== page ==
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19 of 19 people found the following review helpful
5.0 out of 5 stars Three-cds worth of Bad Seeds anomalies & rarities...
Long-term Cave-associate Mick Harvey is behind this long-anticipated three-disc compilation of the Bad Seeds less documented moments - taking in b-sides, out-takes, the odd lost-single, cover-versions & alternate-takes of songs that are familiar. These discs are packed- which more than compensates from the minimal artwork (no booklet, pics or anything beyond the source...
Published on 15 April 2005 by Jason Parkes

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8 of 10 people found the following review helpful
3.0 out of 5 stars Some fascinating curios and some essential listens.
B-sides and rarities collections aren't always necessarily worth having. In some cases though, they can turn out to be stunning; Bob Dylan's Bootleg Series, or Oasis' The Masterplan, which is arguably their finest record. Nick Cave, a very prolific artist, is one who you would expect to have a wealth of brilliant b-sides.

B-sides and Rarities is not as good as...
Published on 22 Jan 2007 by dynamitekid156


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19 of 19 people found the following review helpful
5.0 out of 5 stars Three-cds worth of Bad Seeds anomalies & rarities..., 15 April 2005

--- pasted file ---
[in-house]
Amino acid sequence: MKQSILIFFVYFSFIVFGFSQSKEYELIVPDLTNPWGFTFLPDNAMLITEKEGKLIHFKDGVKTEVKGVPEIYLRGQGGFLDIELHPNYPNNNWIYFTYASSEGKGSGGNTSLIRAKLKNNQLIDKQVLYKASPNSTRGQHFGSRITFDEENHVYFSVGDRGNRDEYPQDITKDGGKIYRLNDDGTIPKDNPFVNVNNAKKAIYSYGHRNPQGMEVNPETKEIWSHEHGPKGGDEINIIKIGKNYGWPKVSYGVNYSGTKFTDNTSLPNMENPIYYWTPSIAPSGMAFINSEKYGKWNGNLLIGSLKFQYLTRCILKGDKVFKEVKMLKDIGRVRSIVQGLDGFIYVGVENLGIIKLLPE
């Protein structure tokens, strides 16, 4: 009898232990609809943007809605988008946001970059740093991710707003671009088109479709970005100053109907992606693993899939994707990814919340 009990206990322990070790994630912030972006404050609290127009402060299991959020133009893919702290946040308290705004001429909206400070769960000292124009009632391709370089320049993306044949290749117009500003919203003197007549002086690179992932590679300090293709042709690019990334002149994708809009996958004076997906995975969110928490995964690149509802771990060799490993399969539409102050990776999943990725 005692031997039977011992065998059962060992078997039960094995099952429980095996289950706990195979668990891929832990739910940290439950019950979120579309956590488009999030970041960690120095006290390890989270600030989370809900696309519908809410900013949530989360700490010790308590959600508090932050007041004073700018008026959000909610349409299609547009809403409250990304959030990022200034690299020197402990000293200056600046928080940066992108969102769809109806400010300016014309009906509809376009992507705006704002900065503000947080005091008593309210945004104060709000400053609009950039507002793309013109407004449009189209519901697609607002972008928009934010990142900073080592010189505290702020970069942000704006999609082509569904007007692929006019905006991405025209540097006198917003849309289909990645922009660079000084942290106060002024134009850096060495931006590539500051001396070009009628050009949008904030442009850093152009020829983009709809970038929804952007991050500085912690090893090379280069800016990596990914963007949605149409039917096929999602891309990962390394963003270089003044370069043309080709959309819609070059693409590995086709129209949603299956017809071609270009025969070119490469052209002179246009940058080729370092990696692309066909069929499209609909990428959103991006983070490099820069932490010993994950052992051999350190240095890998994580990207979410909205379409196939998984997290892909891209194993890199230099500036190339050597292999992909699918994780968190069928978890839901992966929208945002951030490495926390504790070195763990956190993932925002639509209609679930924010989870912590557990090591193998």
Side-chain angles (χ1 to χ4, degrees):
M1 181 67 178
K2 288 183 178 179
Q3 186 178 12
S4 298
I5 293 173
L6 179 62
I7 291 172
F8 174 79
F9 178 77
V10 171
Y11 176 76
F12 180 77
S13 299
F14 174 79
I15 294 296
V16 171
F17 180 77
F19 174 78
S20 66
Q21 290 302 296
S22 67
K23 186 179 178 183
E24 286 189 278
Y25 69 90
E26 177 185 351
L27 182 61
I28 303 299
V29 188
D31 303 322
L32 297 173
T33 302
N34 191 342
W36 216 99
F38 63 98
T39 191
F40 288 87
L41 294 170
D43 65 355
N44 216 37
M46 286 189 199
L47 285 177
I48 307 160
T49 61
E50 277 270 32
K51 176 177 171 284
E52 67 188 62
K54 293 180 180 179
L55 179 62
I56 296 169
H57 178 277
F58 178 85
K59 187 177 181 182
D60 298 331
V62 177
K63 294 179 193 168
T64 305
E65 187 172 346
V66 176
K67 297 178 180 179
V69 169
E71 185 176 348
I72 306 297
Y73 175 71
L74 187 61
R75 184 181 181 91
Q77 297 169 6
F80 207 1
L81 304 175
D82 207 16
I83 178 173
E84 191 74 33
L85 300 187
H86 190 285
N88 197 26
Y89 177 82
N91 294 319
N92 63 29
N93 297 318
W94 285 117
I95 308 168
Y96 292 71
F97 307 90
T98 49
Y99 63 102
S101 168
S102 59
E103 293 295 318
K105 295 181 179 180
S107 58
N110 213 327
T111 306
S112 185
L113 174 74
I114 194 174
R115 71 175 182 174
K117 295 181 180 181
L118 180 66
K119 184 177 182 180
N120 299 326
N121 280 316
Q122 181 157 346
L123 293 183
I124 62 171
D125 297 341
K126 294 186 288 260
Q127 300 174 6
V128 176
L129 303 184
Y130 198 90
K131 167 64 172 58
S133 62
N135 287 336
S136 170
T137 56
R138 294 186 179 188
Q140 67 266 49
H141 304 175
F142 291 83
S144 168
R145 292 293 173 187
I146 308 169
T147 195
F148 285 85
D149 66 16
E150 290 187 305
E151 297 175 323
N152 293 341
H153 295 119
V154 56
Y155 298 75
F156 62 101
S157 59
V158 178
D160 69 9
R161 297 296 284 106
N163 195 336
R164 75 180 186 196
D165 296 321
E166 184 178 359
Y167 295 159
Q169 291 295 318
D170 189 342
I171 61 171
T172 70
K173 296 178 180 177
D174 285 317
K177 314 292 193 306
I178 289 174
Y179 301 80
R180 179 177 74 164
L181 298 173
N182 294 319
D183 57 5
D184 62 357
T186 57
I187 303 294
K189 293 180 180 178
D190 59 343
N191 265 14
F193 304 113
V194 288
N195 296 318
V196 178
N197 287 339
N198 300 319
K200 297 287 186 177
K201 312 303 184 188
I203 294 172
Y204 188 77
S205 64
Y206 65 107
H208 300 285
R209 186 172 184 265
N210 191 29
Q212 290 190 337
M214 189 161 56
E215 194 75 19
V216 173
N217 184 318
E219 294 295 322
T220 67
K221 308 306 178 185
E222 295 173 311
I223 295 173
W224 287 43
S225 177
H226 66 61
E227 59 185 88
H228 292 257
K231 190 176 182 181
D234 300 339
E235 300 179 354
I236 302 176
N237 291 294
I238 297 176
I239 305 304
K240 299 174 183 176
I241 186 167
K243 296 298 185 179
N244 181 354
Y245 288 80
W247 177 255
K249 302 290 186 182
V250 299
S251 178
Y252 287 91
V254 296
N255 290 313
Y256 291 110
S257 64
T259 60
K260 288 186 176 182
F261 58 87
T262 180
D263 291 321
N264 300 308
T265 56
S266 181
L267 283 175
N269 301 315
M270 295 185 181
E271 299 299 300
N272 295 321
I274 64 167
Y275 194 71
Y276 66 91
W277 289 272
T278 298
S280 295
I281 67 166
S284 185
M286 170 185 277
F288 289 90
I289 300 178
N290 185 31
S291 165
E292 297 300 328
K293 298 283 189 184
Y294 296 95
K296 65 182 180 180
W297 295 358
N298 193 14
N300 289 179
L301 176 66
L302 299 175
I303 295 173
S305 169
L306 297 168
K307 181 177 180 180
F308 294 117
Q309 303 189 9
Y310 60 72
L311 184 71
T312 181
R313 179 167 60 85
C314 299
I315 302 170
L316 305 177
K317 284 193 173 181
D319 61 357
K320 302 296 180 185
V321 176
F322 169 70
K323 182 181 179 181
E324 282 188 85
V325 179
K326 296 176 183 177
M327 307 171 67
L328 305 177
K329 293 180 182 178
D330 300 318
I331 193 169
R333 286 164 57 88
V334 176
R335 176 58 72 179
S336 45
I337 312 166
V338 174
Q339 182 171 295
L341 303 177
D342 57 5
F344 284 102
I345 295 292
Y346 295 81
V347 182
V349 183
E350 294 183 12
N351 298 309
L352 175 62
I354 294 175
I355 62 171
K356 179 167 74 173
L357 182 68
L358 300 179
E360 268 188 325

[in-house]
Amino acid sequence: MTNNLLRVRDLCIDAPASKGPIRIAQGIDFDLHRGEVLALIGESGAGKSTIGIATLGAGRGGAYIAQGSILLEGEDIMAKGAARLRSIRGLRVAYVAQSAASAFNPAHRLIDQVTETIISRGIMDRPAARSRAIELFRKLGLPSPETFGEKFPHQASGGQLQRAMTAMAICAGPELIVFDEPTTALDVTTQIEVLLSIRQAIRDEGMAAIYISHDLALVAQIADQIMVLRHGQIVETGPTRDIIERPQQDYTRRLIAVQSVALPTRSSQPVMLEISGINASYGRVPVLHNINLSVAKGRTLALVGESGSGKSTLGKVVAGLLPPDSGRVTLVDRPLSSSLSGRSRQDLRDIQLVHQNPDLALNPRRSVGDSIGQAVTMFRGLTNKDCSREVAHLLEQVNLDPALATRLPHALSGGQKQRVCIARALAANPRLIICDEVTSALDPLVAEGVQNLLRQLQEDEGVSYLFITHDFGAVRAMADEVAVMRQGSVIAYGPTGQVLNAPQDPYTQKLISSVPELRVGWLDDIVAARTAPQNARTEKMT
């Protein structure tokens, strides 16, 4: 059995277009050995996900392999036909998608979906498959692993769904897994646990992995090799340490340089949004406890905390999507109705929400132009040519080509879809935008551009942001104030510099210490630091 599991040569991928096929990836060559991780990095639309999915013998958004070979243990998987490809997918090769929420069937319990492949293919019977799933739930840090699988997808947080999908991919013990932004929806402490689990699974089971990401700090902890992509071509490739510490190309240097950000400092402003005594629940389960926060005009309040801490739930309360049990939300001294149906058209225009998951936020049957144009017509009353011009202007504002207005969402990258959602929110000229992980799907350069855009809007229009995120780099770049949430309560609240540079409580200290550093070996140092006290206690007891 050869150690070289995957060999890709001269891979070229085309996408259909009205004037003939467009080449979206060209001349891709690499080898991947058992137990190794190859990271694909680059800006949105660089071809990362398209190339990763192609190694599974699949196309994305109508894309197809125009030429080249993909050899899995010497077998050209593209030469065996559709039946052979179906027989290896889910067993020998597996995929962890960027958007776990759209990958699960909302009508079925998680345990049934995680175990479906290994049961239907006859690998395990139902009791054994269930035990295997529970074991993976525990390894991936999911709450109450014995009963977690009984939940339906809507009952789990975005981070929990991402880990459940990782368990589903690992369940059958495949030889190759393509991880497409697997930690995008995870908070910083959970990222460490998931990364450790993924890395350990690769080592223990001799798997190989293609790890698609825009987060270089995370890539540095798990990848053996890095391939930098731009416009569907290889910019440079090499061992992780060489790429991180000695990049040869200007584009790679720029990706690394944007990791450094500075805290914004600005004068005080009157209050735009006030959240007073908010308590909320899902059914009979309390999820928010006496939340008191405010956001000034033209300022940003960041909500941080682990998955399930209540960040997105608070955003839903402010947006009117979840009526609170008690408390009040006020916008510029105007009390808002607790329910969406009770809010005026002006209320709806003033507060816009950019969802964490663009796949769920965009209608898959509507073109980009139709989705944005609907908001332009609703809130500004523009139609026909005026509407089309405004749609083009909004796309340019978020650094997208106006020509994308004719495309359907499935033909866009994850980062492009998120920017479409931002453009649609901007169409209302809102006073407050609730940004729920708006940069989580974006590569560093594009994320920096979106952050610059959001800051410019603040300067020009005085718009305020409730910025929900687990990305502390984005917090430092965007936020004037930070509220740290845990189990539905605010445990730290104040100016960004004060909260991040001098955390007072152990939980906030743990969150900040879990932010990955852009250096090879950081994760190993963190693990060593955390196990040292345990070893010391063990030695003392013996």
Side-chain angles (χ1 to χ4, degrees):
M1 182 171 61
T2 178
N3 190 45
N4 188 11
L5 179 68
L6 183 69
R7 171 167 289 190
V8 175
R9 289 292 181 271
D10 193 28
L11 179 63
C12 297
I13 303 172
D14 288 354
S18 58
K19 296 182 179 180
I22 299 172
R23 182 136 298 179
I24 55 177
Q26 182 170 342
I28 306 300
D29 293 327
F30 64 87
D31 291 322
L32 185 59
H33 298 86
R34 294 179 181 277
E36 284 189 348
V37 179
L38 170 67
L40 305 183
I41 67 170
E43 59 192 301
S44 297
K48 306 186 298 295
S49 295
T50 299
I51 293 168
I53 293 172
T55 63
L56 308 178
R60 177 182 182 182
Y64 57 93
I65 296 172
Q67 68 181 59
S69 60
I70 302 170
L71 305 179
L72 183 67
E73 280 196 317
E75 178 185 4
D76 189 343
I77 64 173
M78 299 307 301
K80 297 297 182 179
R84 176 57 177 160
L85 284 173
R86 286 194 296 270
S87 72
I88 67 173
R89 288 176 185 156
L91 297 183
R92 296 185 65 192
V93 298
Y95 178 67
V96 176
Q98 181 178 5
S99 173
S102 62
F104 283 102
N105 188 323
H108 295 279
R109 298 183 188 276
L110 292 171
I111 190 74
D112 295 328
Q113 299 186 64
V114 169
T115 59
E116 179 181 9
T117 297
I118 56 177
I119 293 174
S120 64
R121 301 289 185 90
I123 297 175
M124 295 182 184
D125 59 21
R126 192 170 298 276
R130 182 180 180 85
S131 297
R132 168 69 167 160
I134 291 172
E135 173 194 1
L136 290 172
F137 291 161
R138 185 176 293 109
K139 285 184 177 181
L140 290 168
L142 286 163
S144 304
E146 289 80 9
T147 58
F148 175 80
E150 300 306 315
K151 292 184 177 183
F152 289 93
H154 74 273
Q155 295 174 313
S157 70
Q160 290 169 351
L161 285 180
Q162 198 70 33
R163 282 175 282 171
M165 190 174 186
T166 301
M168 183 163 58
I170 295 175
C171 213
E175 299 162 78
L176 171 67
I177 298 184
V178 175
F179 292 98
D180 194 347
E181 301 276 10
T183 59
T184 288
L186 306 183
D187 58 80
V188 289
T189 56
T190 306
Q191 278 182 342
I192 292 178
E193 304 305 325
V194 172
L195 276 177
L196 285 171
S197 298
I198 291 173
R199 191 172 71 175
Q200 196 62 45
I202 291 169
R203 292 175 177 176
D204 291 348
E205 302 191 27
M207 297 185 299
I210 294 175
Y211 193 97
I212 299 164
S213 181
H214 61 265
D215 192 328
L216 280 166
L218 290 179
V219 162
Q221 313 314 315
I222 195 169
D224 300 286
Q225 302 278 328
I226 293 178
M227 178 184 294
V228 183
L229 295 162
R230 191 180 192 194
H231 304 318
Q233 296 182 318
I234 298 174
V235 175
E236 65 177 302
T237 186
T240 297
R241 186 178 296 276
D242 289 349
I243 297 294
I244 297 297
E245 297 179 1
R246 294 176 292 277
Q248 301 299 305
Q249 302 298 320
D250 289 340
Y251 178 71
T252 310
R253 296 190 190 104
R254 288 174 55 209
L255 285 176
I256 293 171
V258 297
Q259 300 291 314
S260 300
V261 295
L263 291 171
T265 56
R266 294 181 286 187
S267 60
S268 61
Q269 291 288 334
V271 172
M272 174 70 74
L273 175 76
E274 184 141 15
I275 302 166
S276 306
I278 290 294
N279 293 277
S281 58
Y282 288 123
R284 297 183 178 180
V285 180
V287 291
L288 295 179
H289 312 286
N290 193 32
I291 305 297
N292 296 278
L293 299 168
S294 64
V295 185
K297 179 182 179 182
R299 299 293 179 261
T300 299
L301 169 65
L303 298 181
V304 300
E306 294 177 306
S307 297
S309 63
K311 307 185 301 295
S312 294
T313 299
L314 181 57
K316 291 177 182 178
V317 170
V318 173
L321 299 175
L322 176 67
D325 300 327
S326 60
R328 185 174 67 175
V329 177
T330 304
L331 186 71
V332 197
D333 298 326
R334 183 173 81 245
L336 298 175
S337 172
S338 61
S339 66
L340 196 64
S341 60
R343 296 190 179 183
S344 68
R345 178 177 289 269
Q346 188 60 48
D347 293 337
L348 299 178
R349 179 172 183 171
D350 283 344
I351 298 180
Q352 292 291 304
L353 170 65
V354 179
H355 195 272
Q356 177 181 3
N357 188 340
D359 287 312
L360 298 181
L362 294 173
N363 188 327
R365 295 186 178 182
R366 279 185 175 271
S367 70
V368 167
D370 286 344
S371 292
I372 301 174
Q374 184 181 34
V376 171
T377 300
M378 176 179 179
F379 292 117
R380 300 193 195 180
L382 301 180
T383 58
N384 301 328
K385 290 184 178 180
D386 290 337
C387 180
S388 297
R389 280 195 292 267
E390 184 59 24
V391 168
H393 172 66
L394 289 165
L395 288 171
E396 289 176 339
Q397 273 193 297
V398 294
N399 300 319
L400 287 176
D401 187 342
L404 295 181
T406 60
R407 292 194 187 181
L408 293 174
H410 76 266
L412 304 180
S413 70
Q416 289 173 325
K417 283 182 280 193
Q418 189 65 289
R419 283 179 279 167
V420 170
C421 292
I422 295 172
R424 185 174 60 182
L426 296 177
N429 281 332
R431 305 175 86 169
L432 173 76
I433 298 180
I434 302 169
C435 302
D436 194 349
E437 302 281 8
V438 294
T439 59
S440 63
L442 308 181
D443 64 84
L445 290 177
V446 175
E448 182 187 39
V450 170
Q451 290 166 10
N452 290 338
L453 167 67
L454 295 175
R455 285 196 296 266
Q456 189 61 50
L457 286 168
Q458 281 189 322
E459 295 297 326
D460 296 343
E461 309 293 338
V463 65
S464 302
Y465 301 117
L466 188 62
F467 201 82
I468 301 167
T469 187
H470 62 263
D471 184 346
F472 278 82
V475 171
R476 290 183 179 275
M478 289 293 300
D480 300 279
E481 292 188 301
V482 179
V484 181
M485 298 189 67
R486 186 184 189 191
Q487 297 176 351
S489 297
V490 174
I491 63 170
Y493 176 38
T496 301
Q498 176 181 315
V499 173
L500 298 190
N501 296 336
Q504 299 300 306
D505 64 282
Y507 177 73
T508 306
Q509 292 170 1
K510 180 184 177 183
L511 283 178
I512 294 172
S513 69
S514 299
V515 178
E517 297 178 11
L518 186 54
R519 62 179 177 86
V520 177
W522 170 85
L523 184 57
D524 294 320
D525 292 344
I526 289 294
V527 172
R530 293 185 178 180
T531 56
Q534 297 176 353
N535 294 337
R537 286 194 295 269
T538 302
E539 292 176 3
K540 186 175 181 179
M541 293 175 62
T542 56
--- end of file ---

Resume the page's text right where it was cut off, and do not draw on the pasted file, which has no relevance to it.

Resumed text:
By 
Jason Parkes "We're all Frankies'" (Worcester, UK) - See all my reviews
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This review is from: B-Sides & Rarities (Audio CD)
Long-term Cave-associate Mick Harvey is behind this long-anticipated three-disc compilation of the Bad Seeds less documented moments - taking in b-sides, out-takes, the odd lost-single, cover-versions & alternate-takes of songs that are familiar. These discs are packed- which more than compensates from the minimal artwork (no booklet, pics or anything beyond the source of each track). Far too many tracks to go into, but I'll offer up some personal highlights of this compilation...
Volume I opens a few years into The Bad Seeds, with acoustic-versions of 'Tender Prey' tracks which featured in Uli Edel's documentary 'The Road to God Knows Where' (& were given away in a limited edition single with 'The Good Son')'The Mercy Seat' is always great, but the version of 'Deanna' - put into a medley with gospel-standard 'Oh Happy Day' - really stands out here. A few of the early-b-sides are a bit formless (but kind of interesting...)- 'The Moon is in the Gutter' belongs to that strange-period where Cave played in a loose-outfit with Marc Almond and J.G. Thirwell (The Immaculate Consumptives); while 'The Six Strings That Drew Blood' is a re-worked version of a Birthday Party-out-take from 'The Mutiny Sessions.' There are further BP-connections with the appearance of their late, mythic bassist Tracy Pew on covers of 'Running Scared' & 'Rye Whiskey.' Things get stronger as the disc progresses- the excellent 'Train Song', a faithful rendition of CSN&Y's 'Helpless', 'God's Hotel' (which I never knew before this) & the amusing cover of Leonard Cohen's 'Tower of Song' - which is edited down from a drunken-generic exercise by The Bad Seeds! The two highlights of this disc remain songs from two average Wim Wenders films- the gorgeous '(I'll Love You) Till the End of the World'- which is easily up there with Tom Waits & was reportedly a fave of crime-writer James Ellroy- & 'Cassiel's Song', which comes from 'Faraway, So Close!' & reunites Cave & Harvey with former Bad Seed Barry Adamson (Cave would later collaborate on the brilliant 'The Sweetest Embrace' on Adamson's 'Oedipus Schmoedipus')...